Antithrombin III, a type of alpha 2-globulin, is a significant inhibitor of coagulation inside the body. It inactivates thrombin, plasmin, and coagulation factors IXa, Xa, XIa, and XIIa, thus not permitting the change of fibrinogen to fibrin, subsequently inhibiting thrombus creation. Furthermore, it is the cofactor that helps heparin with its effects.
Use this medication precisely as recommended by your physician. Follow the prescription of your doctor carefully.
The medication dose your physician has given is based on your condition, other medications or food supplements you may take, and your reaction to treatment. To diminish your risks for adverse effects, don’t increase your dosage, take it regularly, or take it as instructed by your physician. Adverse events may still happen even at usual prescription dosages.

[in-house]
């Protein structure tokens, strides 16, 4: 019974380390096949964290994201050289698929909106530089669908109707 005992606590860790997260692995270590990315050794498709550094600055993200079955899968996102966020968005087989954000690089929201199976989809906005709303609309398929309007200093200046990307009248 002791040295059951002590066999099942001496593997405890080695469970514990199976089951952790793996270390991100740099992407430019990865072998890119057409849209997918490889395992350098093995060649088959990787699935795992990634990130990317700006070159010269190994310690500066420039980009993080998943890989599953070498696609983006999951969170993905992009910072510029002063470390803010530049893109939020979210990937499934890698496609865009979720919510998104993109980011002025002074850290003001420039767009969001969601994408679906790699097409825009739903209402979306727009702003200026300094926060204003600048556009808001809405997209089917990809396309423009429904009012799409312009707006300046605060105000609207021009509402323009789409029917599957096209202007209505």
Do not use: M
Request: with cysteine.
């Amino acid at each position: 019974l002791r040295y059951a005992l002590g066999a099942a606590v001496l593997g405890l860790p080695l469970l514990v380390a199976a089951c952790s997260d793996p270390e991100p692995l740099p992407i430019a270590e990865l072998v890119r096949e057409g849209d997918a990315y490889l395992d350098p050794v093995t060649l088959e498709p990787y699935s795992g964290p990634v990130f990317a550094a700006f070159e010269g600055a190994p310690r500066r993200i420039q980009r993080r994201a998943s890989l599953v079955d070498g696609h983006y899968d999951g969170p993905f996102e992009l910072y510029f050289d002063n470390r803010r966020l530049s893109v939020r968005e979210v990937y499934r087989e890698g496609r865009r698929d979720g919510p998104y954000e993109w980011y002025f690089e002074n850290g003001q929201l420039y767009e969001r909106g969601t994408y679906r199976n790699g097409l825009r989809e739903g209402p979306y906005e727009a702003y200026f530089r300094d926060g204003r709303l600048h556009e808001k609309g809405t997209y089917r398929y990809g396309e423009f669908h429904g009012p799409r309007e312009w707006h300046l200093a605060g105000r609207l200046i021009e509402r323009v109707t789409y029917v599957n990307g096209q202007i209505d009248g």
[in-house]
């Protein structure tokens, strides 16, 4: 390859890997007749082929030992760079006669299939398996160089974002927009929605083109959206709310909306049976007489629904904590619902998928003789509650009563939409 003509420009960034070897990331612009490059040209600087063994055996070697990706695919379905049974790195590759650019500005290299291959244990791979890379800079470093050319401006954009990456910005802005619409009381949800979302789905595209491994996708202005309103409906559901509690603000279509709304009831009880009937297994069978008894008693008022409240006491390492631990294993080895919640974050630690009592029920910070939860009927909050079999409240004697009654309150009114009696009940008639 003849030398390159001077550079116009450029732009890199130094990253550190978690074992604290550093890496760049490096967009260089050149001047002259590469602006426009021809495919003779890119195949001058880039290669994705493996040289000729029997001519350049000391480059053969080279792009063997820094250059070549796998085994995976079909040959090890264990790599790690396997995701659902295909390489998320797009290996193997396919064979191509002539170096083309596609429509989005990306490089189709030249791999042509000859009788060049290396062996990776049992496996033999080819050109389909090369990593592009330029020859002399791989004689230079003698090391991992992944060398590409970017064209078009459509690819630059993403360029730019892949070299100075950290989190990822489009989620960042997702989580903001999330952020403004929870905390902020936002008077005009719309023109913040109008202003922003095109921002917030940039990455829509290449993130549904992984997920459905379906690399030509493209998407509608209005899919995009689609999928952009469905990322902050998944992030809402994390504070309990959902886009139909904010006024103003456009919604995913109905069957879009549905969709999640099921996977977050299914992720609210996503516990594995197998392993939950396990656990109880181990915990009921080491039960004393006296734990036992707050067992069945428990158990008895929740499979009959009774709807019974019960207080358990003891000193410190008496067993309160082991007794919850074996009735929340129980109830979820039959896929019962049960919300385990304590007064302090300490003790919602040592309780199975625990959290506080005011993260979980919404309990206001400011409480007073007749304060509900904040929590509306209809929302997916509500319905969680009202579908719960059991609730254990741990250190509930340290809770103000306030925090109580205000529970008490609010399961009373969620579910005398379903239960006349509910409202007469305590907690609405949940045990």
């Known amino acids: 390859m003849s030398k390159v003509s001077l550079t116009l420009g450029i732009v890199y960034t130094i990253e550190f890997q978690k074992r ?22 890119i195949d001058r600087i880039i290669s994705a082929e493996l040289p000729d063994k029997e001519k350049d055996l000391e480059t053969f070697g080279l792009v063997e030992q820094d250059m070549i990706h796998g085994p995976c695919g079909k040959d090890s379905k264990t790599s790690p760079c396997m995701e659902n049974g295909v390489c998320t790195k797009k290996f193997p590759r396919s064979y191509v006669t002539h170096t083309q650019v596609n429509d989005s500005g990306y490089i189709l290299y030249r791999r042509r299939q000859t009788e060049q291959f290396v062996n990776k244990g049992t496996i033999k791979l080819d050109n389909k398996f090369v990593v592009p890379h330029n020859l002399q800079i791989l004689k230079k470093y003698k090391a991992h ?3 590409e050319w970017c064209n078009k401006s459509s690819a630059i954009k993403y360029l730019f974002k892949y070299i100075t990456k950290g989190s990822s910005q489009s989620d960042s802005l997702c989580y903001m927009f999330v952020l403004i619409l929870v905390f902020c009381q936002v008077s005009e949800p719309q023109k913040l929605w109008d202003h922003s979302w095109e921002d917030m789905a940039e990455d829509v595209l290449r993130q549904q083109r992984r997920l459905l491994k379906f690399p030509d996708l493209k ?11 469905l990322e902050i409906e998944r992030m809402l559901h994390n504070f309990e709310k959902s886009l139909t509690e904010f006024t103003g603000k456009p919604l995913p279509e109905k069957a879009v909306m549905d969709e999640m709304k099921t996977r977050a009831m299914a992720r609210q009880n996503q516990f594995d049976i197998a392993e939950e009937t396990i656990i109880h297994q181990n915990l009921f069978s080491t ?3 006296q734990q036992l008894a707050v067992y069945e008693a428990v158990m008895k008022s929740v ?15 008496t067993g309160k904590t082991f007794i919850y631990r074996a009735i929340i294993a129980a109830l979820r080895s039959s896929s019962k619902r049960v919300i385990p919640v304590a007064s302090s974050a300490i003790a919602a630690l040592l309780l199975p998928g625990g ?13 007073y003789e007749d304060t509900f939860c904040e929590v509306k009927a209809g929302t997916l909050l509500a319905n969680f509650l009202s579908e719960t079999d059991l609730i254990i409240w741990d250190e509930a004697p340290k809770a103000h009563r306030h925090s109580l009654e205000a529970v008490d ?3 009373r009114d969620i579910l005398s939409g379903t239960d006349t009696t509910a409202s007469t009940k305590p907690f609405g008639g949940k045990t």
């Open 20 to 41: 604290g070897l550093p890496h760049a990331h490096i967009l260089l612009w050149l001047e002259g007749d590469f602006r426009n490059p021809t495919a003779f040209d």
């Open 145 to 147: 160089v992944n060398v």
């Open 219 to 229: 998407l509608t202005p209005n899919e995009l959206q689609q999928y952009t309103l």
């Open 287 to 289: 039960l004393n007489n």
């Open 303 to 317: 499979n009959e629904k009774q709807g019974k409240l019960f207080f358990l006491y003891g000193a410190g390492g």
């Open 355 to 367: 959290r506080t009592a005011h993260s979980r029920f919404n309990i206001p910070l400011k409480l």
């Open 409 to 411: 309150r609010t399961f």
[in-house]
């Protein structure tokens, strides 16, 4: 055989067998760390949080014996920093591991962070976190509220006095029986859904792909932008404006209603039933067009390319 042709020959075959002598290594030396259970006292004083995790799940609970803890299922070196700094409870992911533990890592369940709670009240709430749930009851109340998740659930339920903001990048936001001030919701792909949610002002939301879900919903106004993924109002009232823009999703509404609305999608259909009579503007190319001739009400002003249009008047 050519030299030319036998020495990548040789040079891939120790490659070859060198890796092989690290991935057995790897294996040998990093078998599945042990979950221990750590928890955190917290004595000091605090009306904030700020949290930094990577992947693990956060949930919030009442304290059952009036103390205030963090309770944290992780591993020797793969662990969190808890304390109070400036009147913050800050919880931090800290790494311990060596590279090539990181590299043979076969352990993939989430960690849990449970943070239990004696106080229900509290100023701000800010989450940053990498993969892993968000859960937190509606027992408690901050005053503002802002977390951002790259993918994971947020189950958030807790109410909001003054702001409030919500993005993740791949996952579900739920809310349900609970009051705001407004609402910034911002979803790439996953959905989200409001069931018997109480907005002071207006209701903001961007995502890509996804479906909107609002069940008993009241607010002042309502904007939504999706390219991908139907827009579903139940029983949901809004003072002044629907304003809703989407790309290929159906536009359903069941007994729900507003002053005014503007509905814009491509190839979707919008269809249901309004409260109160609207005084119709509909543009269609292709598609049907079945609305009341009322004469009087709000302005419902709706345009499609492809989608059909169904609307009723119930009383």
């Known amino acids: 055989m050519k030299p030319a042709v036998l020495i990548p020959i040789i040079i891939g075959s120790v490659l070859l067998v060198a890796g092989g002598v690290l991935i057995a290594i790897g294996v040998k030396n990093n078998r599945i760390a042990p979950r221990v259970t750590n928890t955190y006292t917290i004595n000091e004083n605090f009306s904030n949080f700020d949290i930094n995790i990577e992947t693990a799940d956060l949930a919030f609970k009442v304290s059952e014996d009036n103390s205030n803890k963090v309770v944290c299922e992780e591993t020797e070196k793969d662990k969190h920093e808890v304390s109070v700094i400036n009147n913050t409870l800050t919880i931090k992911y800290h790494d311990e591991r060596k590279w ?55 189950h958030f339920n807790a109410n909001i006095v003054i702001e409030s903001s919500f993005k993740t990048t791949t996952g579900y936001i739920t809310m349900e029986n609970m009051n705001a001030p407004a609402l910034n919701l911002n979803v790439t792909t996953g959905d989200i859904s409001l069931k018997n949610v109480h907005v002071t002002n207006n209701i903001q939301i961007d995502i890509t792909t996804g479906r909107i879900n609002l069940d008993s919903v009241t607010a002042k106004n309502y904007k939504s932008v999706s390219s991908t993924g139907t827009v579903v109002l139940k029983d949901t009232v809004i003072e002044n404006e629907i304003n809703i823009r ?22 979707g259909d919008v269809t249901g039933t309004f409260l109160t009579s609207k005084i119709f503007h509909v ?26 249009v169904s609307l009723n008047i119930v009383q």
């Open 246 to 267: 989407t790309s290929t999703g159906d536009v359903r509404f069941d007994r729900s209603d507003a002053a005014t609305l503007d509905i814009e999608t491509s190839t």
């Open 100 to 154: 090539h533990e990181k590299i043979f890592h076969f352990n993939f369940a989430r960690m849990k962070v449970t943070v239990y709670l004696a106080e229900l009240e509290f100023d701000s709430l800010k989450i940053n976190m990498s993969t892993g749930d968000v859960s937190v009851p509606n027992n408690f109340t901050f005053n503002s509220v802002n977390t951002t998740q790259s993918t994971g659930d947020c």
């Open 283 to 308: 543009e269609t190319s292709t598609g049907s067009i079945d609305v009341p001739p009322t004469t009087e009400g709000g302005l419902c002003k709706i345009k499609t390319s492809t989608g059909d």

If your physician requests you to use this drug consistently, use it regularly to get the most benefits from it. To make you remember it better, take it at a fixed time every day.
Your doctor may need to modify your dosages to ease your symptoms or if you develop adverse reactions.
If you have any inquiries with regards to information, ask your physician or pharmacist.